Denver Staffing Agency - Working With a Staffing Company Under the Affordable Care Act

  • Posted by: J. Kent Gervasini |
  • 12/2/14 |
  • 8:09 PM
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Denver Staffing Agency - Working With a Staffing Company Under the Affordable Care Act


Affordable Care Act - Who is a Variable Employee Under the ACA?

Affordable Care Act
Who is a Variable Employee Under the ACA?

       

What Staffing Clients Need to Know
About Compliance


ACA Employer Mandate - Effective Jan. 01, 2015



The Staffing Industry’s Position on the ACA

  • Members of the American Staffing Association, the industry’s leading organization of staffing companies, are informed about the ACA and committed to compliance
  • J. Kent Staffing will not participate in business practices that violate the intent of the law
  • The U.S. Internal Revenue Service will scrutinize arrangements primarily aimed at avoiding ACA requirements

Impact of the ACA on Staffing Firm Clients

  • Client companies should not have ACA liability for staffing firm employees since the staffing firm is generally the employer
  • If, in a particular case, the staffing firm is not the employer, it can still satisfy the client’s ACA obligations by offering benefits on behalf of the client
  • The ACA will result in higher staffing costs


Important Definitions Under the ACA
 

Full-Time Employee
  • An individual who averages at least 30 hours of service per week (130 hours per month)
Minimal Essential Coverage (MEC)
  • An employer group health plan that covers "medical care" (amounts paid for the "diagnosis, cure, mitigation, treatment, or prevention of disease...")
Minimum Value (MV)
  • A plan's share of the cost of benefits is at least 60% and covers, at minimum, physician and mid-level practitioner, hospital and emergency, pharmacy, laboratory, and imaging services
Affordable
  • An employee's share of the cost for a single-only plan is no more than 9.5% of the employee's income
Variable-Hour Employee
  • An employee whose full-time status cannot be reasonabily determined at the start of employment or over a look-back period because the individual's employment is variable and uncertain.
  • For example, a staffing firm can reasonably expect that an employee will be considered variable-hour because he or shee will be offered short-term assignments (generally less than 13 weeks) with different clients with gaps in between assignments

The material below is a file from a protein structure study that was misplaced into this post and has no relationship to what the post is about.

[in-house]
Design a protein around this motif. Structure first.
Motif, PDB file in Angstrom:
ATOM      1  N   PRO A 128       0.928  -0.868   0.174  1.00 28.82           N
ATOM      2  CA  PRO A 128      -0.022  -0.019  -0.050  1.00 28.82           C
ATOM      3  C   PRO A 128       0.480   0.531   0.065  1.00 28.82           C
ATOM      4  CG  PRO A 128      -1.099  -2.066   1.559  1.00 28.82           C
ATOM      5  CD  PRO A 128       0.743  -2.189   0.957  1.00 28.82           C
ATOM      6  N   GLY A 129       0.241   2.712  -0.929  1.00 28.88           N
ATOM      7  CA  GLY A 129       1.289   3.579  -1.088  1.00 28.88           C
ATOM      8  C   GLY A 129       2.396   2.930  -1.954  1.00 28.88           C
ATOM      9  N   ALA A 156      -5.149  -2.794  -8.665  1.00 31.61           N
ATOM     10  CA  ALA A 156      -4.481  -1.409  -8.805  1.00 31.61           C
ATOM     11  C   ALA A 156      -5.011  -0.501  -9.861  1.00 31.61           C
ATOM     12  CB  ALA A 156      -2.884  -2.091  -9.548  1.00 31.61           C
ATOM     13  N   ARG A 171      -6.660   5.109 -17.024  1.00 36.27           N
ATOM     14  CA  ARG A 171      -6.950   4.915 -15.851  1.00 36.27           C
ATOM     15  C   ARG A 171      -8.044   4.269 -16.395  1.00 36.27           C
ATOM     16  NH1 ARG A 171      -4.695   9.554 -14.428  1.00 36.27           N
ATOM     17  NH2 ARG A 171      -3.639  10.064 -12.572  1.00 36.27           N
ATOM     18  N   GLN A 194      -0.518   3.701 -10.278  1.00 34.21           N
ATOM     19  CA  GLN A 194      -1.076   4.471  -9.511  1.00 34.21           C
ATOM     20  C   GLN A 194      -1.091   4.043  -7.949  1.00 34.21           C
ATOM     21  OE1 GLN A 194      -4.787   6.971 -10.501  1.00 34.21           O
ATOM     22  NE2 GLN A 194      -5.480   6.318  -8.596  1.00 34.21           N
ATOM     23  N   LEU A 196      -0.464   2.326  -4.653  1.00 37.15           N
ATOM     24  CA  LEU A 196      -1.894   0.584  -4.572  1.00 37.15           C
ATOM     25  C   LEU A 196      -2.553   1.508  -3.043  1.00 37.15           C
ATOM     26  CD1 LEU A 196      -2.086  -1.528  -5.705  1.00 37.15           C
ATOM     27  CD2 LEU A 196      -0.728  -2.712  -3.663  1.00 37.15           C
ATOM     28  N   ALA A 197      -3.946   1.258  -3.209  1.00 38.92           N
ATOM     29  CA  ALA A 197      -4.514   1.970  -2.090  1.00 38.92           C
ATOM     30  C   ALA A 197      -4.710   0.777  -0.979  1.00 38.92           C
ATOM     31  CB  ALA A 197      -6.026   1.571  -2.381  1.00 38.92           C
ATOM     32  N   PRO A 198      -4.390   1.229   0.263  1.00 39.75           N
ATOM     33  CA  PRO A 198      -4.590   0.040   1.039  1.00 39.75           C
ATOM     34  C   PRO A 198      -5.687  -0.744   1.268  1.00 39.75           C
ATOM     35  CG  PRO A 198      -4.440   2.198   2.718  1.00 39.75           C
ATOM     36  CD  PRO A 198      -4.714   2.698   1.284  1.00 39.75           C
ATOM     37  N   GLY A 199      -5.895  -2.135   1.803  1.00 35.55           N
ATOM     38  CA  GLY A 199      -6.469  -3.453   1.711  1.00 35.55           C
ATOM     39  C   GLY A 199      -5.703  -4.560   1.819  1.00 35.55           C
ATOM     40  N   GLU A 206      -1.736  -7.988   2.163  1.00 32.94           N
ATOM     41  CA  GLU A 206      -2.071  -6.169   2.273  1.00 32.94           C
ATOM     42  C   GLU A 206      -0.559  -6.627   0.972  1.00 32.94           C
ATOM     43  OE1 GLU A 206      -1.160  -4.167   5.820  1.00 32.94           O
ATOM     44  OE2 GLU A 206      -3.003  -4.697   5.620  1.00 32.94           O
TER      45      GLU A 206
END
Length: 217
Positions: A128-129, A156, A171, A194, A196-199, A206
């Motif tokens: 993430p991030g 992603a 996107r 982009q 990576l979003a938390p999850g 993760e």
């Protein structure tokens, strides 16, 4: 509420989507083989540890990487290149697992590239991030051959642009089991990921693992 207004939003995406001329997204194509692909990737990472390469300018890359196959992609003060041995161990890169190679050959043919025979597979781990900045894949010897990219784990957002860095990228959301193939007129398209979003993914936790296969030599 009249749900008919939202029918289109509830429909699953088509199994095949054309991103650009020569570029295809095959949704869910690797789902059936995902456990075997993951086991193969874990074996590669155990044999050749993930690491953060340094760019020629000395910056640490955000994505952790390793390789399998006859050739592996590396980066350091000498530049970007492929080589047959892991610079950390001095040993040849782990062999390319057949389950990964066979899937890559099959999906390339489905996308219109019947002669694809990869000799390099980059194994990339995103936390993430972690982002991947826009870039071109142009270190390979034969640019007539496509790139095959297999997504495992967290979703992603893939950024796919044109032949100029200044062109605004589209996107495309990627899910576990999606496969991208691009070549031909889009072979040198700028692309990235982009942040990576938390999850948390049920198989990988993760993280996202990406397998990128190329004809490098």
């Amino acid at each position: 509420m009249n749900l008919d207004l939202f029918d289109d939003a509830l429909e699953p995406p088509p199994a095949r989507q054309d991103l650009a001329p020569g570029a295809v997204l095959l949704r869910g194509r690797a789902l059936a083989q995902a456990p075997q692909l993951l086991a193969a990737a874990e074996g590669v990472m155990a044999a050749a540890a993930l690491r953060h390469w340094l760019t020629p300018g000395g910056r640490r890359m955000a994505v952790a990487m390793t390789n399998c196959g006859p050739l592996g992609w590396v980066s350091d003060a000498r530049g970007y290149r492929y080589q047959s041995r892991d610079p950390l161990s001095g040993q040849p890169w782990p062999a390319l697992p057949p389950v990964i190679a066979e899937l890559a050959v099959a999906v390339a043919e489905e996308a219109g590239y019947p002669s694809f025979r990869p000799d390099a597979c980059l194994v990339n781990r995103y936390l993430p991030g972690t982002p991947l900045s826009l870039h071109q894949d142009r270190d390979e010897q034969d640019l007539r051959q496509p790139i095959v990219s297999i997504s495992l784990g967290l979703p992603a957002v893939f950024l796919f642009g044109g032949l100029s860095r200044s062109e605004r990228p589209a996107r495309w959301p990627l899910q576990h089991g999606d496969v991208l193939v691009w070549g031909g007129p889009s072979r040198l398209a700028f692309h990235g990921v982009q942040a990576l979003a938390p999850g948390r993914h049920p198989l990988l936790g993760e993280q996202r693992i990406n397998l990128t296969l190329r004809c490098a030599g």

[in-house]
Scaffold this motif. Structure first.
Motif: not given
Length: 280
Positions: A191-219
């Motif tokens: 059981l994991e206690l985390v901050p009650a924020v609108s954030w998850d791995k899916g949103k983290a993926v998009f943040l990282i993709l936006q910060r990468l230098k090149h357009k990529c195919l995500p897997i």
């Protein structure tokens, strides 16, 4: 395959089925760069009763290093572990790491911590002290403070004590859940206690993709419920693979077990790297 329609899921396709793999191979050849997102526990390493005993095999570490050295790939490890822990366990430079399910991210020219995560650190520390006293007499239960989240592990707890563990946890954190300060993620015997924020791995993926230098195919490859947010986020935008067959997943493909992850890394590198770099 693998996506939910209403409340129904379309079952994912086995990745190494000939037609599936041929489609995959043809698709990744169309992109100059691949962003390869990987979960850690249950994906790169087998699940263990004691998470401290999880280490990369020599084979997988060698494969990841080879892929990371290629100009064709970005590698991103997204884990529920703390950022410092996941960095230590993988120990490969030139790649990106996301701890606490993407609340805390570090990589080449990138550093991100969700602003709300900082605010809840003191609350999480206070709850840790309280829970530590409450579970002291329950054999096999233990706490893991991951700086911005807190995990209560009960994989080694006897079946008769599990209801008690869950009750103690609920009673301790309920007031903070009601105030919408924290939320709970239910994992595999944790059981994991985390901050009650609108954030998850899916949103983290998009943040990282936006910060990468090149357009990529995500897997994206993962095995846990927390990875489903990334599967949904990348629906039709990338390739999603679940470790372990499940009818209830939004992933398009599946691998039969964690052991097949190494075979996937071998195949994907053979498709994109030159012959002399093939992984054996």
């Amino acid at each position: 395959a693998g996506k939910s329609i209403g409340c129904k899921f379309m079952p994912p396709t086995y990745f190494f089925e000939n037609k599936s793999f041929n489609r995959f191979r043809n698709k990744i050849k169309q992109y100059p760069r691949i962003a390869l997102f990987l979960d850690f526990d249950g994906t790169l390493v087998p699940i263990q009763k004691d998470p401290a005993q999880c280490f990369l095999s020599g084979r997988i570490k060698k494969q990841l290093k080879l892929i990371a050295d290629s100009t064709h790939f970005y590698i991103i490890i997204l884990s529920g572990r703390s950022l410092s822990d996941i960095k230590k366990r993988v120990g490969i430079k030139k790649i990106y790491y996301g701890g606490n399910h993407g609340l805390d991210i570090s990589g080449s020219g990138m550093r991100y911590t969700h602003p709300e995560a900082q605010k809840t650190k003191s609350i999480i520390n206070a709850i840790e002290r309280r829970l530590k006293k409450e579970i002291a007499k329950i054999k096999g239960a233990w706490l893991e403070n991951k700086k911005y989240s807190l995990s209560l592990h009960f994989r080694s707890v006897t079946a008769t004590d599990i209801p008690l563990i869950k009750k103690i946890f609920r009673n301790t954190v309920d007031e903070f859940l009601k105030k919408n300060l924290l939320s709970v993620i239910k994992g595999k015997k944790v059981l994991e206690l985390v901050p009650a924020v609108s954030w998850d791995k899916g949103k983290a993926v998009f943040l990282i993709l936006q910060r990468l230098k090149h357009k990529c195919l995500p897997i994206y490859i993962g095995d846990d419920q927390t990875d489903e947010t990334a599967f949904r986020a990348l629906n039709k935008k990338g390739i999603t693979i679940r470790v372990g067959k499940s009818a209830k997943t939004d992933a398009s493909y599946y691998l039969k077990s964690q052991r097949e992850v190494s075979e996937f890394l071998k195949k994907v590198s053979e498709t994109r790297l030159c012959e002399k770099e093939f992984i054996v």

Nonvariable-Hour Employee
  • An Employee is considered nonvariable-hour when the staffing firm can reasonably determine at thte start of employment that the employee will work full-time on an ongoing basis
  • Note that assignments exceeding 13 weeks may be considered full-time unless variable-hour factors are present
  • Staffing firms must offer coverage to full-time employees within 90 days of employment or pay penalties

 

Key Provisions of the ACA - The Employer Mandate Takes Effect Jan. 1, 2015

  • Employers with 100 or more full-time employees (or full-time equivalents) must offer MEC to their full-time employees (and their dependent children)
  • Those that do not are subject to penalties
  • Individuals must maintain MEC for themselves and their dependents or pay penalties
  • Individuals with household income at 100% to 400% of the federal poverty level may be eligible for government subsidies to buy insurance through a public exchange

The “Play or Pay” Options

  • An employer opts to “play" when it offers MEC to 70% of its full-time employees and their dependent children under the age of 26 (excluding spouses)
  • An employer opts to “pay” penalties when it decides not to offer such coverage

Potential Penalties Under the “Play” Option

  • No tax to “play” unless the plan is “unaffordable” or does not provide MV. In such case, employers face a monthly tax of $250 (up to $3,000 annually) per employee
  • Tax is assessed only on employees who receive a subsidy to buy coverage
  • Medicade and Medicare enrollees are not eligible for subsidies if the employer offers MEC

Penalties Under the “Pay” Option

  • The employer pays a tax if it does not offer MEC to 70% of its full-time employees and their dependent children under age 26
  • The monthly tax is $167 (up to $2,000 annually) per employee on all full-time employees, excluding the first 80
  • Penalties are not tax-deductible

The Look-Back Rule

  • The “look-back” is a measurement period during which an employee must work full-time (average of at least 30 hours per week) before the employer must play or pay
  • Staffing companies may use a look-back period of up to 12 months to determine which of their full-time employees are eligible for benefits

How Staffing Firms May Apply the Look-Back
Under the ACA, the look-back rule applies only to:

  • Employees that are “ongoing” and who have worked for at least one year
  • New variable-hour employees
  • Seasonal employees
  • The look-back rule does not apply to: Nonvariable-hour employees

Client Responsibilities Under the ACA

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